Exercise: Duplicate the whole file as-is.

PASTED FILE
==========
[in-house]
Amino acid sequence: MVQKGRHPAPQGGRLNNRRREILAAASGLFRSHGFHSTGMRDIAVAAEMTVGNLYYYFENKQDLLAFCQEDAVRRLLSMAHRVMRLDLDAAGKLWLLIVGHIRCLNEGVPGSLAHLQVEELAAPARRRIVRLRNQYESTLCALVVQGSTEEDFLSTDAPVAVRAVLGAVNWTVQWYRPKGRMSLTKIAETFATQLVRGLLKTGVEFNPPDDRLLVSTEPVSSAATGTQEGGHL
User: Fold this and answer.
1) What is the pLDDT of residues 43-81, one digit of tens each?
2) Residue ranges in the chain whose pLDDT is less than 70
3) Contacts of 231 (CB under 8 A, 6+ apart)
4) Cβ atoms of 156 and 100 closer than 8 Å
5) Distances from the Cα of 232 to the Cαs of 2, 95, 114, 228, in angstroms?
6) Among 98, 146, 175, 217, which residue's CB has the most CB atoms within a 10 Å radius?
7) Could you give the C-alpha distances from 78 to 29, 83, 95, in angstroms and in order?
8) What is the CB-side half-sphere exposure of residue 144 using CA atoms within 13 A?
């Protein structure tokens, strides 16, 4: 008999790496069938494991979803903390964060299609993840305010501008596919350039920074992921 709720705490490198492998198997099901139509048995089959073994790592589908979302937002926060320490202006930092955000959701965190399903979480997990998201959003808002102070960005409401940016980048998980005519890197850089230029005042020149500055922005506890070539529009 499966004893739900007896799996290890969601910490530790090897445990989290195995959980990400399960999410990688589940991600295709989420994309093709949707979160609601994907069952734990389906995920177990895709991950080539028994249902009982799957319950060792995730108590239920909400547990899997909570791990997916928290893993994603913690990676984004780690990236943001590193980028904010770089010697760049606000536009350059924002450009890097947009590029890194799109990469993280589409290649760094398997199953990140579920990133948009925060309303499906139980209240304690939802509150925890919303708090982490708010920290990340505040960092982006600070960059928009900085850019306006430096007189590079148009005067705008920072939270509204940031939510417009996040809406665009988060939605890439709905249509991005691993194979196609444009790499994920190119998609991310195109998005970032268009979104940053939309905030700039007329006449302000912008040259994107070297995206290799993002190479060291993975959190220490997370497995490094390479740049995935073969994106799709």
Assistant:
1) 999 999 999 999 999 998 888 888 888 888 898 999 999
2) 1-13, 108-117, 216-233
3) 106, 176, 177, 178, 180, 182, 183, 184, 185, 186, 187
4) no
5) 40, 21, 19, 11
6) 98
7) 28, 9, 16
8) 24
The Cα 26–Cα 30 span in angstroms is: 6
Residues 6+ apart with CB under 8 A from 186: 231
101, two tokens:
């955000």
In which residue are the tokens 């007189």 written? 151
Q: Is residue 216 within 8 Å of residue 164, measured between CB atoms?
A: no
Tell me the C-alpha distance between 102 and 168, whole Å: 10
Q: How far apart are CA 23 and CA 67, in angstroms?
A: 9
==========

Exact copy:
[in-house]
Amino acid sequence: MVQKGRHPAPQGGRLNNRRREILAAASGLFRSHGFHSTGMRDIAVAAEMTVGNLYYYFENKQDLLAFCQEDAVRRLLSMAHRVMRLDLDAAGKLWLLIVGHIRCLNEGVPGSLAHLQVEELAAPARRRIVRLRNQYESTLCALVVQGSTEEDFLSTDAPVAVRAVLGAVNWTVQWYRPKGRMSLTKIAETFATQLVRGLLKTGVEFNPPDDRLLVSTEPVSSAATGTQEGGHL
User: Fold this and answer.
1) What is the pLDDT of residues 43-81, one digit of tens each?
2) Residue ranges in the chain whose pLDDT is less than 70
3) Contacts of 231 (CB under 8 A, 6+ apart)
4) Cβ atoms of 156 and 100 closer than 8 Å
5) Distances from the Cα of 232 to the Cαs of 2, 95, 114, 228, in angstroms?
6) Among 98, 146, 175, 217, which residue's CB has the most CB atoms within a 10 Å radius?
7) Could you give the C-alpha distances from 78 to 29, 83, 95, in angstroms and in order?
8) What is the CB-side half-sphere exposure of residue 144 using CA atoms within 13 A?
């Protein structure tokens, strides 16, 4: 008999790496069938494991979803903390964060299609993840305010501008596919350039920074992921 709720705490490198492998198997099901139509048995089959073994790592589908979302937002926060320490202006930092955000959701965190399903979480997990998201959003808002102070960005409401940016980048998980005519890197850089230029005042020149500055922005506890070539529009 499966004893739900007896799996290890969601910490530790090897445990989290195995959980990400399960999410990688589940991600295709989420994309093709949707979160609601994907069952734990389906995920177990895709991950080539028994249902009982799957319950060792995730108590239920909400547990899997909570791990997916928290893993994603913690990676984004780690990236943001590193980028904010770089010697760049606000536009350059924002450009890097947009590029890194799109990469993280589409290649760094398997199953990140579920990133948009925060309303499906139980209240304690939802509150925890919303708090982490708010920290990340505040960092982006600070960059928009900085850019306006430096007189590079148009005067705008920072939270509204940031939510417009996040809406665009988060939605890439709905249509991005691993194979196609444009790499994920190119998609991310195109998005970032268009979104940053939309905030700039007329006449302000912008040259994107070297995206290799993002190479060291993975959190220490997370497995490094390479740049995935073969994106799709």
Assistant:
1) 999 999 999 999 999 998 888 888 888 888 898 999 999
2) 1-13, 108-117, 216-233
3) 106, 176, 177, 178, 180, 182, 183, 184, 185, 186, 187
4) no
5) 40, 21, 19, 11
6) 98
7) 28, 9, 16
8) 24
The Cα 26–Cα 30 span in angstroms is: 6
Residues 6+ apart with CB under 8 A from 186: 231
101, two tokens:
């955000």
In which residue are the tokens 């007189």 written? 151
Q: Is residue 216 within 8 Å of residue 164, measured between CB atoms?
A: no
Tell me the C-alpha distance between 102 and 168, whole Å: 10
Q: How far apart are CA 23 and CA 67, in angstroms?
A: 9